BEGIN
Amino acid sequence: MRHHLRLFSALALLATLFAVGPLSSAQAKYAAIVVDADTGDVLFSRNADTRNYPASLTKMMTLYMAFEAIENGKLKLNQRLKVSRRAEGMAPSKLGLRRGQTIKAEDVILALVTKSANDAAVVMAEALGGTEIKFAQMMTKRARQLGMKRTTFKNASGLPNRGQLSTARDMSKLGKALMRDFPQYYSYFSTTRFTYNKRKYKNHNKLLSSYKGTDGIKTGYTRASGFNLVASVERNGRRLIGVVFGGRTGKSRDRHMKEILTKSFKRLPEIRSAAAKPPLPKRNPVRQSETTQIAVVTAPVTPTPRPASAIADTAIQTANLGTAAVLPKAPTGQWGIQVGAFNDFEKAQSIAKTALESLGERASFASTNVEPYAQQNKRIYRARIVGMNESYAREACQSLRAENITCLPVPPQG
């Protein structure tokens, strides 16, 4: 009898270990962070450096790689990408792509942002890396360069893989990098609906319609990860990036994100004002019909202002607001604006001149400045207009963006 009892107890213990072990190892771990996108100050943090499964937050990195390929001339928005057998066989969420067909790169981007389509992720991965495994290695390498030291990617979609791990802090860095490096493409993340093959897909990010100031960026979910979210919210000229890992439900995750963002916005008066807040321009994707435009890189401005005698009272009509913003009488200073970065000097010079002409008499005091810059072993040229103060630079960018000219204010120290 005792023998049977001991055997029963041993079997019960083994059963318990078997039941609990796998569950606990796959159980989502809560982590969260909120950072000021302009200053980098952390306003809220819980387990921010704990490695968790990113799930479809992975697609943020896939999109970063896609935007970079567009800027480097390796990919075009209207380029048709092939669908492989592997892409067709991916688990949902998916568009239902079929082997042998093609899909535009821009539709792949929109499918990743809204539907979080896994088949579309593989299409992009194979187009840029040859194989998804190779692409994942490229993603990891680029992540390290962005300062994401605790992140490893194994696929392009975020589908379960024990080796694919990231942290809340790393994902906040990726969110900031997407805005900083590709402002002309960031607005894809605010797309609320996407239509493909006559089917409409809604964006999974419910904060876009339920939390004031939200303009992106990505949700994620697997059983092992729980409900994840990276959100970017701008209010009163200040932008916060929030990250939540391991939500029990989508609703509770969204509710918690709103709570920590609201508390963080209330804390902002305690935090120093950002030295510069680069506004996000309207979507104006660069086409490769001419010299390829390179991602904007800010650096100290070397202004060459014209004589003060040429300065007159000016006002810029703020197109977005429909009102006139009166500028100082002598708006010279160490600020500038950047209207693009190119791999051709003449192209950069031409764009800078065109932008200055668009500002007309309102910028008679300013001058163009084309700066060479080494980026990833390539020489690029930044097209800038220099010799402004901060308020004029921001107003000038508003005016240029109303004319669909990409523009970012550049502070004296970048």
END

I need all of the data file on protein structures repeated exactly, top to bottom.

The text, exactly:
Amino acid sequence: MRHHLRLFSALALLATLFAVGPLSSAQAKYAAIVVDADTGDVLFSRNADTRNYPASLTKMMTLYMAFEAIENGKLKLNQRLKVSRRAEGMAPSKLGLRRGQTIKAEDVILALVTKSANDAAVVMAEALGGTEIKFAQMMTKRARQLGMKRTTFKNASGLPNRGQLSTARDMSKLGKALMRDFPQYYSYFSTTRFTYNKRKYKNHNKLLSSYKGTDGIKTGYTRASGFNLVASVERNGRRLIGVVFGGRTGKSRDRHMKEILTKSFKRLPEIRSAAAKPPLPKRNPVRQSETTQIAVVTAPVTPTPRPASAIADTAIQTANLGTAAVLPKAPTGQWGIQVGAFNDFEKAQSIAKTALESLGERASFASTNVEPYAQQNKRIYRARIVGMNESYAREACQSLRAENITCLPVPPQG
């Protein structure tokens, strides 16, 4: 009898270990962070450096790689990408792509942002890396360069893989990098609906319609990860990036994100004002019909202002607001604006001149400045207009963006 009892107890213990072990190892771990996108100050943090499964937050990195390929001339928005057998066989969420067909790169981007389509992720991965495994290695390498030291990617979609791990802090860095490096493409993340093959897909990010100031960026979910979210919210000229890992439900995750963002916005008066807040321009994707435009890189401005005698009272009509913003009488200073970065000097010079002409008499005091810059072993040229103060630079960018000219204010120290 005792023998049977001991055997029963041993079997019960083994059963318990078997039941609990796998569950606990796959159980989502809560982590969260909120950072000021302009200053980098952390306003809220819980387990921010704990490695968790990113799930479809992975697609943020896939999109970063896609935007970079567009800027480097390796990919075009209207380029048709092939669908492989592997892409067709991916688990949902998916568009239902079929082997042998093609899909535009821009539709792949929109499918990743809204539907979080896994088949579309593989299409992009194979187009840029040859194989998804190779692409994942490229993603990891680029992540390290962005300062994401605790992140490893194994696929392009975020589908379960024990080796694919990231942290809340790393994902906040990726969110900031997407805005900083590709402002002309960031607005894809605010797309609320996407239509493909006559089917409409809604964006999974419910904060876009339920939390004031939200303009992106990505949700994620697997059983092992729980409900994840990276959100970017701008209010009163200040932008916060929030990250939540391991939500029990989508609703509770969204509710918690709103709570920590609201508390963080209330804390902002305690935090120093950002030295510069680069506004996000309207979507104006660069086409490769001419010299390829390179991602904007800010650096100290070397202004060459014209004589003060040429300065007159000016006002810029703020197109977005429909009102006139009166500028100082002598708006010279160490600020500038950047209207693009190119791999051709003449192209950069031409764009800078065109932008200055668009500002007309309102910028008679300013001058163009084309700066060479080494980026990833390539020489690029930044097209800038220099010799402004901060308020004029921001107003000038508003005016240029109303004319669909990409523009970012550049502070004296970048």